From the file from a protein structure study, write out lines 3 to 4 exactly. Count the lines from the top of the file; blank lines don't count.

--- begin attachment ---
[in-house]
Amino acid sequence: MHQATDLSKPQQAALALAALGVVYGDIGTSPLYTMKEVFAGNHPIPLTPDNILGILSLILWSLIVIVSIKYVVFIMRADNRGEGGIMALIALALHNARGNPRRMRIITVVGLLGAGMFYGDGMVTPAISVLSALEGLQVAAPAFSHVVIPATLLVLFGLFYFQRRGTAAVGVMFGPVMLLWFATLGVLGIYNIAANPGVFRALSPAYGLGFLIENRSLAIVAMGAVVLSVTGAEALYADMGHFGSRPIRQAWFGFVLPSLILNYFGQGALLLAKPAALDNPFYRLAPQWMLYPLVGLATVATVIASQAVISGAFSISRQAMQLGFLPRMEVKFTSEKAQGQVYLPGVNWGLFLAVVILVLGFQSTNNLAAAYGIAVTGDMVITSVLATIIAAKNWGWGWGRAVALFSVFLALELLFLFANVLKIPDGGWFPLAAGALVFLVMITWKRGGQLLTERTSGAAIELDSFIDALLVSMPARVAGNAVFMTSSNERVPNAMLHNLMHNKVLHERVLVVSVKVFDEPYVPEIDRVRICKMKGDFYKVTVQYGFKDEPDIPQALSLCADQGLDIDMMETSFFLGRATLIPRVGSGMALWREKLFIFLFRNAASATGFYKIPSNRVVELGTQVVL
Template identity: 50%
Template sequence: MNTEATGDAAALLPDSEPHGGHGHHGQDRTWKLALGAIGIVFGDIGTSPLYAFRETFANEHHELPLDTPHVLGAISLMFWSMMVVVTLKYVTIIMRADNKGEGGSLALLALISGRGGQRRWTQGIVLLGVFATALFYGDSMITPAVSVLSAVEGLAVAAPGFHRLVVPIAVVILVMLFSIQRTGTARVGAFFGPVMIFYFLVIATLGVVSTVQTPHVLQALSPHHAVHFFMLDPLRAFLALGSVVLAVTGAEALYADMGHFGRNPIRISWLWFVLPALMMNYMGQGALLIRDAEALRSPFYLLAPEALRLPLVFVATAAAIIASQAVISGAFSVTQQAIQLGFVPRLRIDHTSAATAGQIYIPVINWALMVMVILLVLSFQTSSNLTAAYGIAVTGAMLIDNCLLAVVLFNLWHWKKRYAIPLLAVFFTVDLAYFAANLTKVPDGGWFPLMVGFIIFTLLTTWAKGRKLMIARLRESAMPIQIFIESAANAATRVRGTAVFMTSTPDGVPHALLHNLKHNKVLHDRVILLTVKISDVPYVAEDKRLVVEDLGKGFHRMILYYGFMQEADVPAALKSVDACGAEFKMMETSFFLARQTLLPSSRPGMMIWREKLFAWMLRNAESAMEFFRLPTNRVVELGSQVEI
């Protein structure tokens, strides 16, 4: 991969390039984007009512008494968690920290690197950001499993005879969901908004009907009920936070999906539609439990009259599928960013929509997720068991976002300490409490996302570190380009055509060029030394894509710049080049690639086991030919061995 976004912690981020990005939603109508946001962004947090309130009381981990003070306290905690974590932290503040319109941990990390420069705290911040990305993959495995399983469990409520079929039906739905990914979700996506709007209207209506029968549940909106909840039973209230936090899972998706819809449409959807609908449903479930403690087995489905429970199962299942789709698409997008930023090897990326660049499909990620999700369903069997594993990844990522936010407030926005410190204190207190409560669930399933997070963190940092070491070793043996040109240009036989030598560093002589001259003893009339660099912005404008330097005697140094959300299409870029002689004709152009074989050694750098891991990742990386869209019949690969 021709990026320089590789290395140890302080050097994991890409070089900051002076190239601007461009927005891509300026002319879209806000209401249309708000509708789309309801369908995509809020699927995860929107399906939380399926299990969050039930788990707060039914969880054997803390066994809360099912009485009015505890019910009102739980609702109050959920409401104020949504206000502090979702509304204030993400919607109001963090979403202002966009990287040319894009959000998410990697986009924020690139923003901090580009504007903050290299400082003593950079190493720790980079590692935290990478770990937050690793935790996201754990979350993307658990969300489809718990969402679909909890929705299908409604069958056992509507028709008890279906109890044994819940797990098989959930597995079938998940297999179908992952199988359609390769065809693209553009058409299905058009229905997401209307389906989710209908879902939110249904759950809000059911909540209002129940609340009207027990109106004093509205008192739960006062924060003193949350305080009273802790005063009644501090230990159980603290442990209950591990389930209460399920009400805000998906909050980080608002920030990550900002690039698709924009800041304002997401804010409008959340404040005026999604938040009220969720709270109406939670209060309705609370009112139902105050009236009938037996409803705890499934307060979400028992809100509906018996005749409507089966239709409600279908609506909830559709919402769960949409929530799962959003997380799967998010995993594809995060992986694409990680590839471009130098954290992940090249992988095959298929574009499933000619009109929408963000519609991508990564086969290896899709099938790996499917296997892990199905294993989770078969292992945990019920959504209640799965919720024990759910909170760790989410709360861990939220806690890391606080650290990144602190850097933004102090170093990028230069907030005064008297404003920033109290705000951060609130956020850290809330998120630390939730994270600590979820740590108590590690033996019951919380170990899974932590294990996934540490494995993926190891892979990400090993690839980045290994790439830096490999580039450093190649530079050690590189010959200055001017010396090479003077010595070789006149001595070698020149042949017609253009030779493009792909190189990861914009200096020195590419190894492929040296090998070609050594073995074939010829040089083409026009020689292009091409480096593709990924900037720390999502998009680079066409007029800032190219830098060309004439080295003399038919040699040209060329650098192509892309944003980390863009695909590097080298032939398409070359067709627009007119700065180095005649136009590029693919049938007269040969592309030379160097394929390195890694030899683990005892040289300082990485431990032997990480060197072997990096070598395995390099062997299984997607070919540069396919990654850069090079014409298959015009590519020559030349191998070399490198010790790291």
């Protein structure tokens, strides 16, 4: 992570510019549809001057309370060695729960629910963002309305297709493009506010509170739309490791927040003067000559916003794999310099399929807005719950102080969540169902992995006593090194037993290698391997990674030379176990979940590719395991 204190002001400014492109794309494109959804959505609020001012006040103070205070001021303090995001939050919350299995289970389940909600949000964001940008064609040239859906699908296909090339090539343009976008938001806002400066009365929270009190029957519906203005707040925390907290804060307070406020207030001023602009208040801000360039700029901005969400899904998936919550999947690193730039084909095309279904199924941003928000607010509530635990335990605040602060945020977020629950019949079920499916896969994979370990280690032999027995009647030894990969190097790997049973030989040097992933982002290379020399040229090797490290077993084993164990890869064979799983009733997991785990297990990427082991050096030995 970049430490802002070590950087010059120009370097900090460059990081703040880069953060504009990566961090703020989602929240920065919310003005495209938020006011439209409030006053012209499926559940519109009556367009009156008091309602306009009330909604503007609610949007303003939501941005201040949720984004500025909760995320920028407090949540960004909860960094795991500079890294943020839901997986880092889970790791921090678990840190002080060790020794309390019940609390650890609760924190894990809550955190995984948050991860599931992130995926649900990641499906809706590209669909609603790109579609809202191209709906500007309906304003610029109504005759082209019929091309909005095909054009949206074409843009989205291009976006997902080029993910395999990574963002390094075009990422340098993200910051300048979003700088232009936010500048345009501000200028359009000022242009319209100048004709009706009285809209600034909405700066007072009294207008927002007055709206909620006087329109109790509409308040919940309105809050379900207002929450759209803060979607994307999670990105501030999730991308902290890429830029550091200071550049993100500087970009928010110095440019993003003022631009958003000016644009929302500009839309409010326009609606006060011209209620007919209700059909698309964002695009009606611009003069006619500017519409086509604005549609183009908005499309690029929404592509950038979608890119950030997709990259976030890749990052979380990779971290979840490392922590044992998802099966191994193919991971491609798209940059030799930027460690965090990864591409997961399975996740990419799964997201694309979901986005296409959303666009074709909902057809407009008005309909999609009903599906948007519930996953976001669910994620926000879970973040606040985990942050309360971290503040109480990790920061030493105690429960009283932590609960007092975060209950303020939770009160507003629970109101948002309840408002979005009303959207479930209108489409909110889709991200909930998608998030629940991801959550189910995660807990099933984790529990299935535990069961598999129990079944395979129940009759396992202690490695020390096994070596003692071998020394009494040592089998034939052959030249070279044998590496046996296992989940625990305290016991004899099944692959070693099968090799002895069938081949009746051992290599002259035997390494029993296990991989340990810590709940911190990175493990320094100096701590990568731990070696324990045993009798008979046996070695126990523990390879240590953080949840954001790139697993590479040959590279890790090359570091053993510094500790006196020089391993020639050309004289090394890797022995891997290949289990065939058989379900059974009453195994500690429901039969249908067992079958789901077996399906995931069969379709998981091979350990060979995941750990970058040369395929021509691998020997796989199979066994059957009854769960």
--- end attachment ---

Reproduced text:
Template identity: 50%
Template sequence: MNTEATGDAAALLPDSEPHGGHGHHGQDRTWKLALGAIGIVFGDIGTSPLYAFRETFANEHHELPLDTPHVLGAISLMFWSMMVVVTLKYVTIIMRADNKGEGGSLALLALISGRGGQRRWTQGIVLLGVFATALFYGDSMITPAVSVLSAVEGLAVAAPGFHRLVVPIAVVILVMLFSIQRTGTARVGAFFGPVMIFYFLVIATLGVVSTVQTPHVLQALSPHHAVHFFMLDPLRAFLALGSVVLAVTGAEALYADMGHFGRNPIRISWLWFVLPALMMNYMGQGALLIRDAEALRSPFYLLAPEALRLPLVFVATAAAIIASQAVISGAFSVTQQAIQLGFVPRLRIDHTSAATAGQIYIPVINWALMVMVILLVLSFQTSSNLTAAYGIAVTGAMLIDNCLLAVVLFNLWHWKKRYAIPLLAVFFTVDLAYFAANLTKVPDGGWFPLMVGFIIFTLLTTWAKGRKLMIARLRESAMPIQIFIESAANAATRVRGTAVFMTSTPDGVPHALLHNLKHNKVLHDRVILLTVKISDVPYVAEDKRLVVEDLGKGFHRMILYYGFMQEADVPAALKSVDACGAEFKMMETSFFLARQTLLPSSRPGMMIWREKLFAWMLRNAESAMEFFRLPTNRVVELGSQVEI